Rethinking Pluralism: Ritual, Experience, and Ambiguity

By Adam B. Seligman; Robert P. Weller | Go to book overview

3
Ritual and the Rhythms
of Ambiguity

WE UNDERSTAND “RITUAL” as a series of formal, iterated acts or performances that are, in Roy Rappaport’s terms, “not entirely encoded by the performer.”1 That is, they are imbued by meanings and shaped by conventions external to the performer. We consider such ritual acts crucial to the existence of the relational self, that is to say, of a self who can accommodate ambiguity. This is the result, we will argue, of ritual’s ability to both recognize and cross boundaries, and of its rhythmic relationship to time.

Rituals create a subjunctive space, a shared “could be” that constructs individuals in relation to others. This is as true of religious ritual as it is of the rules of civility and etiquette. Ritual, in its formal, iterated, and enacted moments, presents a unique human resource for dealing with ambiguity and the multivocal nature of all relationships—with beings human and divine. Ritual defines and binds entities, times, and spaces. By creating such borders, it also links entities, times, and spaces to what lies beyond their immediate field. As we will argue in this chapter, it presents a coherent and embracing way to live in a plural and hence also deeply ambiguous universe, one where order can never really be known, but still must be acted upon.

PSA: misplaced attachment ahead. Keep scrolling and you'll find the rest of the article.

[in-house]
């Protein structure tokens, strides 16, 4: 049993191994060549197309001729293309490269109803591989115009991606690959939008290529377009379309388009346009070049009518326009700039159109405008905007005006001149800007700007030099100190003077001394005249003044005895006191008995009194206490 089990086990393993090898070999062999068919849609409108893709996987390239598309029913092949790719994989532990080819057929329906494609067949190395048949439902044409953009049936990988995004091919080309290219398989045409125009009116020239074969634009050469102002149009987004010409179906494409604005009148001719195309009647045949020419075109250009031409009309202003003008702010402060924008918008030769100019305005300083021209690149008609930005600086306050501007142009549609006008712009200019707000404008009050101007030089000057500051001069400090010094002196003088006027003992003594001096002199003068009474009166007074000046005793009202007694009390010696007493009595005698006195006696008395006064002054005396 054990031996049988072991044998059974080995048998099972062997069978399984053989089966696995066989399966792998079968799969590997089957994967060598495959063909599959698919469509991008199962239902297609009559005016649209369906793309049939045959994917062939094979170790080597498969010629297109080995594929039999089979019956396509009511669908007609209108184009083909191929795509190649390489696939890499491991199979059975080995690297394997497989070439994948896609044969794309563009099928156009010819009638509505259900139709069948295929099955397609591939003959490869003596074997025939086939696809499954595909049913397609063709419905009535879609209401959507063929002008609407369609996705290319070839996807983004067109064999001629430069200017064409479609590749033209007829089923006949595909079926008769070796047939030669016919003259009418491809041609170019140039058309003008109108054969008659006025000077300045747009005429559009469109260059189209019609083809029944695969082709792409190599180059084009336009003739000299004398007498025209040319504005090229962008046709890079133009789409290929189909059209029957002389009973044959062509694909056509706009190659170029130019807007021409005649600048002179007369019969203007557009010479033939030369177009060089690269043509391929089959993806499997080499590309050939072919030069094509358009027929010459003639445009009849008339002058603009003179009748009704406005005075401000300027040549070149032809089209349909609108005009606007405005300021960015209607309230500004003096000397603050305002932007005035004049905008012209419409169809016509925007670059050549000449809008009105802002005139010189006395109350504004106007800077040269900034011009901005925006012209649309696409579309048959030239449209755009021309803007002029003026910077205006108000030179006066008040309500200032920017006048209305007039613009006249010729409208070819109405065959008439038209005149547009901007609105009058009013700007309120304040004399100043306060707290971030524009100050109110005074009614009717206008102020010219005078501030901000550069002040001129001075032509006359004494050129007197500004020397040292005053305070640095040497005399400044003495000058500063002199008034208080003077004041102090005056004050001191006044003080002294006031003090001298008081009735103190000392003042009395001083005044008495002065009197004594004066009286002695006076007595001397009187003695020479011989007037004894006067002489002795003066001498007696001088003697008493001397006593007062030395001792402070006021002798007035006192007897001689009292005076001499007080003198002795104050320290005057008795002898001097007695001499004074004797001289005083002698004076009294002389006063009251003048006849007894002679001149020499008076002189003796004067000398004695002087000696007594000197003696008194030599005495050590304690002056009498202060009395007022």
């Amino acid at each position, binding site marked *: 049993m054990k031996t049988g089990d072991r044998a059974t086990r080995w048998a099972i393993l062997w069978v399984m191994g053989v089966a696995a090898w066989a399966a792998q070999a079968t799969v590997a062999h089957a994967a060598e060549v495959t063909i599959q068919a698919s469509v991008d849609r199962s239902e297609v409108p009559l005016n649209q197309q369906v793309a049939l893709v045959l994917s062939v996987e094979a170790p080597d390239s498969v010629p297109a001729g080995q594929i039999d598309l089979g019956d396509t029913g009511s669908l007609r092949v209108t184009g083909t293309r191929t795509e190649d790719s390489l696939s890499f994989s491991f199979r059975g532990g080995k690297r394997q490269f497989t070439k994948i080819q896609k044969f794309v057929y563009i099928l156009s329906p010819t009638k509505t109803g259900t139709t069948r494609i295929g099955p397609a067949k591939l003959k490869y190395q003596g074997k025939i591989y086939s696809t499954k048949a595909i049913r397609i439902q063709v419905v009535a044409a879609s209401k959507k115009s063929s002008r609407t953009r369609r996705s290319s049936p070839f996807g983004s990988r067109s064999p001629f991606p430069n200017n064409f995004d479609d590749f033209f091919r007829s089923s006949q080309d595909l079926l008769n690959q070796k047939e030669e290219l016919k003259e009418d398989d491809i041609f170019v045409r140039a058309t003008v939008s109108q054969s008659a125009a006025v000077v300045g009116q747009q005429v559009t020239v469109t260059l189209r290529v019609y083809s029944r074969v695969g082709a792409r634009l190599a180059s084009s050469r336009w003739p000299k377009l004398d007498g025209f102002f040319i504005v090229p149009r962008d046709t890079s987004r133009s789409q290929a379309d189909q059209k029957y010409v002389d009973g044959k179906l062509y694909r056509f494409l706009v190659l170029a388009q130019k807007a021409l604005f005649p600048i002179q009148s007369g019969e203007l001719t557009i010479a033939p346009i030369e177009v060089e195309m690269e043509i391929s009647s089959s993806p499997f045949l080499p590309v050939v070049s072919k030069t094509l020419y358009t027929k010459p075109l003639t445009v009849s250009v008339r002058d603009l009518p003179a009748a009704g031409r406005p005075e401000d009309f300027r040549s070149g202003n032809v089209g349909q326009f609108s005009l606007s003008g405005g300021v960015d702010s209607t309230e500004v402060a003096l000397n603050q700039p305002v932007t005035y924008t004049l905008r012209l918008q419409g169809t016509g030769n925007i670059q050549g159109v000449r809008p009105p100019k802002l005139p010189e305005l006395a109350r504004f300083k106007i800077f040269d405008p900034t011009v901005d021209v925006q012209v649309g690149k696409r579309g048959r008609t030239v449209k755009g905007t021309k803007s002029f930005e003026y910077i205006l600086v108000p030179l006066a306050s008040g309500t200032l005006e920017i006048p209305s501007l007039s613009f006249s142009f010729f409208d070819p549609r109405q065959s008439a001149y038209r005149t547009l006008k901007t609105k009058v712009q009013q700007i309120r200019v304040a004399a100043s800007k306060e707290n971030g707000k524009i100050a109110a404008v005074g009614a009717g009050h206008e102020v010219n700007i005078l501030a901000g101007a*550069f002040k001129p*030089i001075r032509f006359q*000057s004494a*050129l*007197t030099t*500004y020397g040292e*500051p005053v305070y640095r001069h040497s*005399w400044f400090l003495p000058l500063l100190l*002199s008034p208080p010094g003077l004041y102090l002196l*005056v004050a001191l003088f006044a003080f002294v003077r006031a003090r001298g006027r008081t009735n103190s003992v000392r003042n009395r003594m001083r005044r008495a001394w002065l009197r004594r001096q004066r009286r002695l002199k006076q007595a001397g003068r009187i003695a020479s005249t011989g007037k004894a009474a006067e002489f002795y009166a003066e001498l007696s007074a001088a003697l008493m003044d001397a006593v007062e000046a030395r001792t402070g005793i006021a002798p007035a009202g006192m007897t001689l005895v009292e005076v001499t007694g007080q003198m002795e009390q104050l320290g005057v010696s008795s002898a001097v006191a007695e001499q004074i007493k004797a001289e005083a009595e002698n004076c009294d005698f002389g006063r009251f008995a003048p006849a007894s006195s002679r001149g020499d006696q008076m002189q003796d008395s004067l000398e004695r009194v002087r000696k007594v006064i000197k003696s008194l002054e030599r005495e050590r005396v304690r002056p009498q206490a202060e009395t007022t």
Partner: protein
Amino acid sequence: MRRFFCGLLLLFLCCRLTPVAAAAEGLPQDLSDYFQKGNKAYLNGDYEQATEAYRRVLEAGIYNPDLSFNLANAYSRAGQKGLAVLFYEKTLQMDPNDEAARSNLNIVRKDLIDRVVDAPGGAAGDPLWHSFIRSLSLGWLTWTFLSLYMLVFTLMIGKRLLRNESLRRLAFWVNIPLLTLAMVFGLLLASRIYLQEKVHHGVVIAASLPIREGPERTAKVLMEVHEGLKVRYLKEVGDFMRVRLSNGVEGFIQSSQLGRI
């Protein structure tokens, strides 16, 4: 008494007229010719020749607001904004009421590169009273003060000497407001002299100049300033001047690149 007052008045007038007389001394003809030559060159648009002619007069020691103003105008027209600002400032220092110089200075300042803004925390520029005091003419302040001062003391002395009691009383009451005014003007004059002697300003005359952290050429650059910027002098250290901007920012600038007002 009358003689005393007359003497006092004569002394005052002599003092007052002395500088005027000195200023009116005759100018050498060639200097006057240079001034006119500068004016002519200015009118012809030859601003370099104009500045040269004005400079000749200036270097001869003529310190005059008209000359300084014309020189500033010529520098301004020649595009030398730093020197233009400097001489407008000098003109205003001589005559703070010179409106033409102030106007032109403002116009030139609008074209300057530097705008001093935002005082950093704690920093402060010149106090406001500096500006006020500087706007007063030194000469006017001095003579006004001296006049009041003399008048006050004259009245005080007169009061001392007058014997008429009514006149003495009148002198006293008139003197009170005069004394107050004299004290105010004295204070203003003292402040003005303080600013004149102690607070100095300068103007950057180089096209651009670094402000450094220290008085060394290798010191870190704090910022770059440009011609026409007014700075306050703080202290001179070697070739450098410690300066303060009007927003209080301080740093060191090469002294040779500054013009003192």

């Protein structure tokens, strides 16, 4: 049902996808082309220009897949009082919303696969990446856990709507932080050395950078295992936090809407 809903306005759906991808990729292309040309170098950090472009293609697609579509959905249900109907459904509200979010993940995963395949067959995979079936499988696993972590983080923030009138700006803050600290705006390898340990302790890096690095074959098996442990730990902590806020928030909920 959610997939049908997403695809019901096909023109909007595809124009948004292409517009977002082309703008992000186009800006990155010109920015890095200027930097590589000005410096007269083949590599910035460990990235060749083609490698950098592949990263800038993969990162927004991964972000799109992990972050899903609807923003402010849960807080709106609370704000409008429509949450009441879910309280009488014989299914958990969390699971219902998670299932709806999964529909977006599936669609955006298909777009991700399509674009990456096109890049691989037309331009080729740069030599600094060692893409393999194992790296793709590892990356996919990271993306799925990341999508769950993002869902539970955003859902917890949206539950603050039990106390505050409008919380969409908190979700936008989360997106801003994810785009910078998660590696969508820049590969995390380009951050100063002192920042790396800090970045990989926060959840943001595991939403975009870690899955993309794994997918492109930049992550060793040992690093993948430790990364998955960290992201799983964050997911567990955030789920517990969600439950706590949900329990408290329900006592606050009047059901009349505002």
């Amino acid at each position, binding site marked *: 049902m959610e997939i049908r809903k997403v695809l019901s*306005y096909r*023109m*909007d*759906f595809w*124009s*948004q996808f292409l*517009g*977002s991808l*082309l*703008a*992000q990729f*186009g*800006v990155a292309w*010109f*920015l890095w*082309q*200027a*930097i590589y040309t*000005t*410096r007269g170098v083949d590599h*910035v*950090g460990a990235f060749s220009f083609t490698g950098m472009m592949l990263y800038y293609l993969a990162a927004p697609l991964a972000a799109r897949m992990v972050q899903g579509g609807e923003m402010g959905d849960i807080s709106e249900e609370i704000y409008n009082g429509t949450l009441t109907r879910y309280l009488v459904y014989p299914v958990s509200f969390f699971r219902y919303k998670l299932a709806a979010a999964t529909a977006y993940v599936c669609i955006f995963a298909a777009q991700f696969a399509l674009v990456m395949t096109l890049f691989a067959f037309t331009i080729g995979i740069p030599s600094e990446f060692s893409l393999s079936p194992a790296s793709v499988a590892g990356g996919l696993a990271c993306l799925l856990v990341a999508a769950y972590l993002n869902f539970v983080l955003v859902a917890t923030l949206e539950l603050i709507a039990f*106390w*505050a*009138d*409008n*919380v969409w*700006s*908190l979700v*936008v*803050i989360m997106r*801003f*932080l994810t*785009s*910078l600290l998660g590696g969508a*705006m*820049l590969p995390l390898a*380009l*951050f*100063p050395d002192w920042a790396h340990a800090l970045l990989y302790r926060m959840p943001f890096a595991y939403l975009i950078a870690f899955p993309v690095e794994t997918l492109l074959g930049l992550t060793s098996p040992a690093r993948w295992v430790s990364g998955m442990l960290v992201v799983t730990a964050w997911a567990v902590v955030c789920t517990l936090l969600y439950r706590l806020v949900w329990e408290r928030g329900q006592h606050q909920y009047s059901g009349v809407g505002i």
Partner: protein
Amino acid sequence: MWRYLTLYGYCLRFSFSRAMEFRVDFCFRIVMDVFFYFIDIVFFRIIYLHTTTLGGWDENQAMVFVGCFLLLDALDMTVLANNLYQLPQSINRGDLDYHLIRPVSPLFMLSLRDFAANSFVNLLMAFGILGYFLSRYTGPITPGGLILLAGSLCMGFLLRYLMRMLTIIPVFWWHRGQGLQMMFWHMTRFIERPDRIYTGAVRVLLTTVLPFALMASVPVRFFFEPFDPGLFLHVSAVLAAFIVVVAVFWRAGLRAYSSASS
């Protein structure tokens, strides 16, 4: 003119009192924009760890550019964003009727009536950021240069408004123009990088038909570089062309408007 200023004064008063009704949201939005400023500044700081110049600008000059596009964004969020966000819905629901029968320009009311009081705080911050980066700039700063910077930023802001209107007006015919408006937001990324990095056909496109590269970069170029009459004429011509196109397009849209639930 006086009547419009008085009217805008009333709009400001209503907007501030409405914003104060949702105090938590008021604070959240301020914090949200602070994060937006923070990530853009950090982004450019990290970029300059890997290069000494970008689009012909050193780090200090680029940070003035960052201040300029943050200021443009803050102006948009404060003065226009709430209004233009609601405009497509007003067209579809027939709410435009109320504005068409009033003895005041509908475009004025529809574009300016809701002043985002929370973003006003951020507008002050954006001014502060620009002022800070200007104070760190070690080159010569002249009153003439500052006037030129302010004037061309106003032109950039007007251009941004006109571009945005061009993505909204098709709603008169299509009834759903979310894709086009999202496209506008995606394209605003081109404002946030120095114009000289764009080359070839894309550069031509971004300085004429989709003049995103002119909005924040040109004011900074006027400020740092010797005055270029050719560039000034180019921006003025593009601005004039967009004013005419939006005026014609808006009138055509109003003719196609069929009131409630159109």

When we say that people share a symbol system, or a set of values, or a common idea of the sacred, we in essence assert that they share the potential space of what “could be,” a subjunctive world.2 Much ritual action provides this shared sense of empathy—sometimes even in terms of a shared “what if.” When Jews congregate around the Passover Seder table and are enjoined to fulfill the commandment to feel “as if you yourselves have been liberated from Egypt,” they create that shared space where the communality of the “could be” becomes the basis of the ongoing collective experience. The Shi’ite enactment of the defeat of Imam Hussein at

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Rethinking Pluralism: Ritual, Experience, and Ambiguity
Table of contents

Table of contents

  • Title Page iii
  • Contents vii
  • List of Figures ix
  • Acknowledgments xi
  • Introduction 3
  • 1 - The Importance of Being Ambiguous 13
  • Interlude- Ambiguity, Order, and Deity 37
  • 2 - Notation and Its Limits 53
  • Interlude- The Israelite Red Heifer and the Edge of Power in China 79
  • 3 - Ritual and the Rhythms of Ambiguity 93
  • Interlude- Crossing the Boundary of Empathy 121
  • 4 - Shared Experience 147
  • Interlude- Experience and Multiplicity 181
  • Conclusion 199
  • Notes 207
  • References 223
  • Index 233
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